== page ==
Thursday, January 13, 2011

Voting in Sudan

Staff helps woman vote in al-Jereif, a Khartoum suburb, on January 14, 2011.
Photo Credit: Associated Press

Sudan's referendum on independence kicked off on Jan. 9 with reports of peaceful voting in most parts of the country but with news that violence in the disputed Abyei region had erupted, claiming lives and injuring people after militia attacked a polling station.

Archbishop Daniel Deng Bul of the Episcopal Church of Sudan joined his Roman Catholic counterpart, Archbishop Paulino Lukudu, and other religious leaders as they cast their ballots at 4 p.m. on Jan. 9 at the Hai Jalaba Junior School polling station in Juba, capital city of southern Sudan.

Accompanying the archbishops was a delegation from the All Africa Conference of Churches, which had traveled to Juba as an ecumenical body of referendum observers, according to a Rebecca Coleman, international coordinator in Deng's office.

"On arrival, and with big smiles and waves, the archbishops greeted the crowd of fellow Sudanese citizens who had also turned up to vote," Coleman said, in an e-mail sent to Episcopal News Service. "They proceeded inside the station and after a brief explanation of the process from the polling station officials, they finally voted."

"We have been waiting 55 years for this day. This is the day, this is our time," Deng said, according to Coleman, adding that all Sudanese had now proved to the world that they could reach this day peacefully.

Meanwhile, more than 40 deaths were reported in Abyei following violent clashes between the Misseriya Arab tribe of the north and Ngok Dinka of the south. Abyei is a border region which is holding a separate referendum to determine whether it will belong to the north or the south.

"It is very sad news about Abyei," Bishop Joseph Garang of the Diocese of Renk, which lies on the border between the north and south, told ENS during a Jan. 10 telephone from his home. "The militia arrived well-prepared and attacked a polling center. We are all trying to be peaceful."

In Renk, Garang said the referendum is "going very well" and being conducted peacefully. "It's a celebratory time for everybody," he told ENS, adding that the vast majority of people had already cast their ballots and that he expected voting would conclude in the next day or two. The official final day for voting is Jan. 15.

But Garang's main message was that he believes in the power of prayer. "Everything now is in the control of God. If it were not, there would be much more violence," he said. "God is so good always and people are praying, which is why things are going so smoothly. I believe that God has answered our prayers that the referendum goes forward on time. Now we continue to pray that the voting can finish peacefully."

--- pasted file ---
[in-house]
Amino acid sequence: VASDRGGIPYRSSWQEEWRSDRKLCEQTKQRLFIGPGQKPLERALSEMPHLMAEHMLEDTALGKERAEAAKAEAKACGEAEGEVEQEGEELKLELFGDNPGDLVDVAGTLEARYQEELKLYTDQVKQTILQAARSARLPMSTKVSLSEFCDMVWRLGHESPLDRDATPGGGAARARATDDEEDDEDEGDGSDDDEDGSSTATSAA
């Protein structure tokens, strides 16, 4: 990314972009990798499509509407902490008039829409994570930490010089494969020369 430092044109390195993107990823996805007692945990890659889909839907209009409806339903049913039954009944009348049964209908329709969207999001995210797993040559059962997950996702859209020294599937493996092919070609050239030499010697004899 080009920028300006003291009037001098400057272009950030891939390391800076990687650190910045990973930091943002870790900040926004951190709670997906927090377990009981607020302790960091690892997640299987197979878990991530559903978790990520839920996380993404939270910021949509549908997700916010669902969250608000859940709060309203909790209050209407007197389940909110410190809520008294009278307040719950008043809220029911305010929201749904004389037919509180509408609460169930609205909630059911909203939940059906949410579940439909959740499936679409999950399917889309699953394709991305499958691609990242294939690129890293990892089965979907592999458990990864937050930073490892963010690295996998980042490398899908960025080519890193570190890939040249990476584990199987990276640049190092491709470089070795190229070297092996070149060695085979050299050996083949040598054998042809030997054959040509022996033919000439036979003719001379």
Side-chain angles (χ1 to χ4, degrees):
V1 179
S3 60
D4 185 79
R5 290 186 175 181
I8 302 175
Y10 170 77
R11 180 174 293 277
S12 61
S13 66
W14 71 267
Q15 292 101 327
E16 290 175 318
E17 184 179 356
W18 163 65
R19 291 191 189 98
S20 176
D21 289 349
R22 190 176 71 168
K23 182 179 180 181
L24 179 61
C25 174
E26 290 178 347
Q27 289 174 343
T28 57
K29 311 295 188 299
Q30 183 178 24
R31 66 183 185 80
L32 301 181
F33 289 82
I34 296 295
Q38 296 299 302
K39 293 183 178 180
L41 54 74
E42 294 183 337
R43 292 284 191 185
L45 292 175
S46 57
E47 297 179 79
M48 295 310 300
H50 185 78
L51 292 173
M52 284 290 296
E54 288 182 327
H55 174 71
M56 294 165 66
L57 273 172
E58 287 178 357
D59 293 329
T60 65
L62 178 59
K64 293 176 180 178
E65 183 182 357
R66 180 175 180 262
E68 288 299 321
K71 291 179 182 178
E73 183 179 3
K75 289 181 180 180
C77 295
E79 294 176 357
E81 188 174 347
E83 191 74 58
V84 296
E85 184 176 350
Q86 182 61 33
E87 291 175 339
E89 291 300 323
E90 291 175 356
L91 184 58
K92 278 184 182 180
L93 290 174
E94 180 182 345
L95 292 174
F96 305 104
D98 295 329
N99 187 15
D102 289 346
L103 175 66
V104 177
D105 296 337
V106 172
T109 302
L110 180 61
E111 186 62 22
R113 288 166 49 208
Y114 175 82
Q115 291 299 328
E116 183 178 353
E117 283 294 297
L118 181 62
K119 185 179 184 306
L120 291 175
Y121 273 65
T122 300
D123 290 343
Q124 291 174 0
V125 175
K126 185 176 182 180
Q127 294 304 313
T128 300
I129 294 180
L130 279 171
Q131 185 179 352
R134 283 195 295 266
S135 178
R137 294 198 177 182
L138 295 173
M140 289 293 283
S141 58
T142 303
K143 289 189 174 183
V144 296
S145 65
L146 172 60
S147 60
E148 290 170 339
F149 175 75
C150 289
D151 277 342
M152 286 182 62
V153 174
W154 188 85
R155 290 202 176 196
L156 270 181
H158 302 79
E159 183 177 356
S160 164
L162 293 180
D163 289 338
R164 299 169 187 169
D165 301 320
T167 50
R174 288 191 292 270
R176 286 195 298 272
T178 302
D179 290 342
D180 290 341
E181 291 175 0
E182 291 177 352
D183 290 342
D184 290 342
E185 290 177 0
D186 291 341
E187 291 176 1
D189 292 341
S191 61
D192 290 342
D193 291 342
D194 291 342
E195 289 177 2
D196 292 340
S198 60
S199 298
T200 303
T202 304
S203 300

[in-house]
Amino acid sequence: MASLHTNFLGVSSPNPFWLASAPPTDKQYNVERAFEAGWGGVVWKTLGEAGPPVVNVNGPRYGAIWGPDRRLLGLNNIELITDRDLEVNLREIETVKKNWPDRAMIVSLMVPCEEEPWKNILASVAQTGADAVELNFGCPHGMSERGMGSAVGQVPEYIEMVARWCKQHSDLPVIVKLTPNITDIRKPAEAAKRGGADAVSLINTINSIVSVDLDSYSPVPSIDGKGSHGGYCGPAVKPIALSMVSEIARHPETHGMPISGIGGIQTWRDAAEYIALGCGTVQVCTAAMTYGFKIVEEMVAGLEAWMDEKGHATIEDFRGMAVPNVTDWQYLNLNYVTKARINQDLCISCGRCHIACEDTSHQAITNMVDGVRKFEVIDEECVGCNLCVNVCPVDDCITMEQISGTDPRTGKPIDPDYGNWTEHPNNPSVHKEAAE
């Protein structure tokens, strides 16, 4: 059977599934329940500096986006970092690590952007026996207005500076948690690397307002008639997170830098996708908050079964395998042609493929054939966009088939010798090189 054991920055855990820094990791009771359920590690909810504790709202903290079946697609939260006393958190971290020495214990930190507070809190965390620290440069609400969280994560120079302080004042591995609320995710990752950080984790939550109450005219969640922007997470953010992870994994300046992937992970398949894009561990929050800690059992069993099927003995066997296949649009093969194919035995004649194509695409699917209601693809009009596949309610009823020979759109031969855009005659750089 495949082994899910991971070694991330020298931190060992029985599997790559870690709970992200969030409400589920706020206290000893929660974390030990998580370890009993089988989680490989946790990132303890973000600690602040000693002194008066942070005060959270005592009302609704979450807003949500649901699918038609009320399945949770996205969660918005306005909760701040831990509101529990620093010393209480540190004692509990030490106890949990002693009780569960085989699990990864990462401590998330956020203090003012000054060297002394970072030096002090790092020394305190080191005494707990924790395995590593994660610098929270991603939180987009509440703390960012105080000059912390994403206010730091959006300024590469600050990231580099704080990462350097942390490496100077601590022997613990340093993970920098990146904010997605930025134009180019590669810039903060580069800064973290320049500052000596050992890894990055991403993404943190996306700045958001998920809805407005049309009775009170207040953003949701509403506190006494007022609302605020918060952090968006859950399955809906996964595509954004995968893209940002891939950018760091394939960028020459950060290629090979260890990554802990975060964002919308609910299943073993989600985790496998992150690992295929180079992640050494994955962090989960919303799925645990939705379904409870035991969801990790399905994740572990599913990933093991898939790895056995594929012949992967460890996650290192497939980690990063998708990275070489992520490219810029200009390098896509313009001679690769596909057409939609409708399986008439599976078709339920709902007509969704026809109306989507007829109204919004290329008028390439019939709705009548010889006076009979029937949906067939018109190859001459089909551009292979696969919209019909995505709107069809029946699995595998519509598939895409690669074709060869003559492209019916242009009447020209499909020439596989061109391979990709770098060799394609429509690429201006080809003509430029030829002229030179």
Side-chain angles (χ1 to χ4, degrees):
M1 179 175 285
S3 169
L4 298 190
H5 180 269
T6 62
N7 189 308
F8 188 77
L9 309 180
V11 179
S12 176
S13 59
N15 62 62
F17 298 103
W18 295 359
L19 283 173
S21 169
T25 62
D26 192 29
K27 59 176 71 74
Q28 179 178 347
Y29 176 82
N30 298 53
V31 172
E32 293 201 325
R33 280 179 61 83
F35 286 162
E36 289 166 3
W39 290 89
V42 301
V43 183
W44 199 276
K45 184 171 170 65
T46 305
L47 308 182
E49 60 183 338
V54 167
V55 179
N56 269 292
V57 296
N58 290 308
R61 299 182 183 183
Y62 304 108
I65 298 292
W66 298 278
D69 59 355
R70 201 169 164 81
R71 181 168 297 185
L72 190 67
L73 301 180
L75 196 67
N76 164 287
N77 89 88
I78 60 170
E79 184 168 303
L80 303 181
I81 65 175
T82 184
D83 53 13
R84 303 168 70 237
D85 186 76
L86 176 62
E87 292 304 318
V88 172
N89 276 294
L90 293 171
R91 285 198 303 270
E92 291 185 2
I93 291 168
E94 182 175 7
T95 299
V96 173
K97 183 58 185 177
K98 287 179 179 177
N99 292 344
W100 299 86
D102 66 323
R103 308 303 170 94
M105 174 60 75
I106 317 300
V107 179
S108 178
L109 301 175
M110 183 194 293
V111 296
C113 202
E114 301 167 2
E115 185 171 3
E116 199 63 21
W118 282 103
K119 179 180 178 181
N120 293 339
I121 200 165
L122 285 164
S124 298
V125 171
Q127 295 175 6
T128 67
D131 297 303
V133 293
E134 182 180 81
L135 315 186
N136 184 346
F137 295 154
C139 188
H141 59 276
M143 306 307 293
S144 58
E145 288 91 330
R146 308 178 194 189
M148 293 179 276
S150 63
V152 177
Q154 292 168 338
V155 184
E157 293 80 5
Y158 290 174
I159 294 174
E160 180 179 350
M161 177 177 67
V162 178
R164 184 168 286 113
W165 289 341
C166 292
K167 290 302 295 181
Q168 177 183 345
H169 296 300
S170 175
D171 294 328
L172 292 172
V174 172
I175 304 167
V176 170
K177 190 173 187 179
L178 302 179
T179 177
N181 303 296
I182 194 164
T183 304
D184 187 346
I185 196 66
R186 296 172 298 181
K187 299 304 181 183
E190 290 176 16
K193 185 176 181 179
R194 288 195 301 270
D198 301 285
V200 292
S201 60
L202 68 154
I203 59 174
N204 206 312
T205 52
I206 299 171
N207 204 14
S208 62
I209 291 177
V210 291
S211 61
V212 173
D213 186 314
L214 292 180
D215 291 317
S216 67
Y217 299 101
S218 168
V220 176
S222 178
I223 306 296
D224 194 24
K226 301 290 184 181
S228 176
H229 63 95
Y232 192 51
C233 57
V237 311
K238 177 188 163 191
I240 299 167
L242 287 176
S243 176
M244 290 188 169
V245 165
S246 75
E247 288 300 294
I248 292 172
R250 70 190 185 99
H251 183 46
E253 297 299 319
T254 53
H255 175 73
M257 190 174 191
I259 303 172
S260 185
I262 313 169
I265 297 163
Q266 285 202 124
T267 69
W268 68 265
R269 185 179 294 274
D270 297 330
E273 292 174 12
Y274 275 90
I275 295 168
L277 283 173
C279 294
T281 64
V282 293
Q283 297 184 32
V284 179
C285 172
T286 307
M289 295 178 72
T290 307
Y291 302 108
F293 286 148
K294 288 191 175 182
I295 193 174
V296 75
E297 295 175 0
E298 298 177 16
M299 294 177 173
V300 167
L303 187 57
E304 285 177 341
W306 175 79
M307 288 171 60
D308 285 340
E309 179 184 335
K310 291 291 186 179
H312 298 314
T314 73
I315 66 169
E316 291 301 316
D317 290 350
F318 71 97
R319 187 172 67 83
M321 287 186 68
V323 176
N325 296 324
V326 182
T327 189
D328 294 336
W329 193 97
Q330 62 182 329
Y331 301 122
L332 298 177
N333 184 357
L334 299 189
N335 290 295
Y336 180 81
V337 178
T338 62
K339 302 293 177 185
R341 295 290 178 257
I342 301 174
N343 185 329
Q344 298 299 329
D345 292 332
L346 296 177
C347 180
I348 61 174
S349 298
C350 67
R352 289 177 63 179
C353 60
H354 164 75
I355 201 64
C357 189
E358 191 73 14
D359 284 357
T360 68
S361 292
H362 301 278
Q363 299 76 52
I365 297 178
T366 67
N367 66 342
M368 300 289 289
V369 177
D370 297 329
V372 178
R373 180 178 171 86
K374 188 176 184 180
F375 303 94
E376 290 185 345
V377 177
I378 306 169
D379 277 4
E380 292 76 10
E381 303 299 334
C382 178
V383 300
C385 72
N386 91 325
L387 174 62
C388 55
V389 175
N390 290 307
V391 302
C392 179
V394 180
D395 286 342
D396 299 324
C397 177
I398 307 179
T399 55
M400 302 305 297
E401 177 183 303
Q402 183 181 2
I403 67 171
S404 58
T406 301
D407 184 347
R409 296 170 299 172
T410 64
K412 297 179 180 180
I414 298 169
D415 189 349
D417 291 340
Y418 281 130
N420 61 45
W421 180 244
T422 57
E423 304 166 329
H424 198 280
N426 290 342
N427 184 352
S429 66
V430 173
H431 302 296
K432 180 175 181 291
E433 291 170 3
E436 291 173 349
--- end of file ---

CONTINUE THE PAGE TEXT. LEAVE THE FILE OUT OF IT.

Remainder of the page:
The referendum is a main provision in the Comprehensive Peace Agreement that brought an end to a 21-year civil war that claimed 2 million lives and displaced many more.

The results of the referendum are expected to be announced by Jan. 25 and should the south vote to secede from the north a transitional period will commence, with the official start of a new nation scheduled for July 9.

Millions of refugees are expected to return to the south from the north and the Diocese of Renk is in a strategic position to welcome them. Garang said that Renk's Christians were rejoicing that UNICEF had delivered food and medicine over the weekend to ensure that the region was prepared for the mass migration. He urged ongoing prayers from the international community.

Back in Juba, Episcopal Church missionary Robin Denney explained that the thousands of people who lined up outside polling stations were patient and joyful. "People congratulated each other as they voted," she said in a Jan. 9 e-mail to ENS. "There was a general feeling of solemnity in the air, a state of awe at the historic event we were witnessing and participating in. It is hard to describe the intensity of the overarching feeling of joy and pride that pervaded Juba today."

Among the international observers in Juba were former U.S. president Jimmy Carter and his wife, Rosalynn. "Jimmy Carter greeted the archbishops, and all the people gathered there," Denney said. "He thanked the other observers for their presence, and encouraged the voters with confident words and a glowing smile. He spent a few minutes speaking with the archbishops about their experience of the vote, and telling them about his own commitment as a Christian."

"We praise God for this joyful peaceful day, and we continue to pray for peace in all corners of Sudan as these events unfold," Denney added.

From here.

Related reading:  Southern Sudan to Take a Biblical Name?; Prayer Needed in the Midst of Sudan Vote; Who Were the Kushites?

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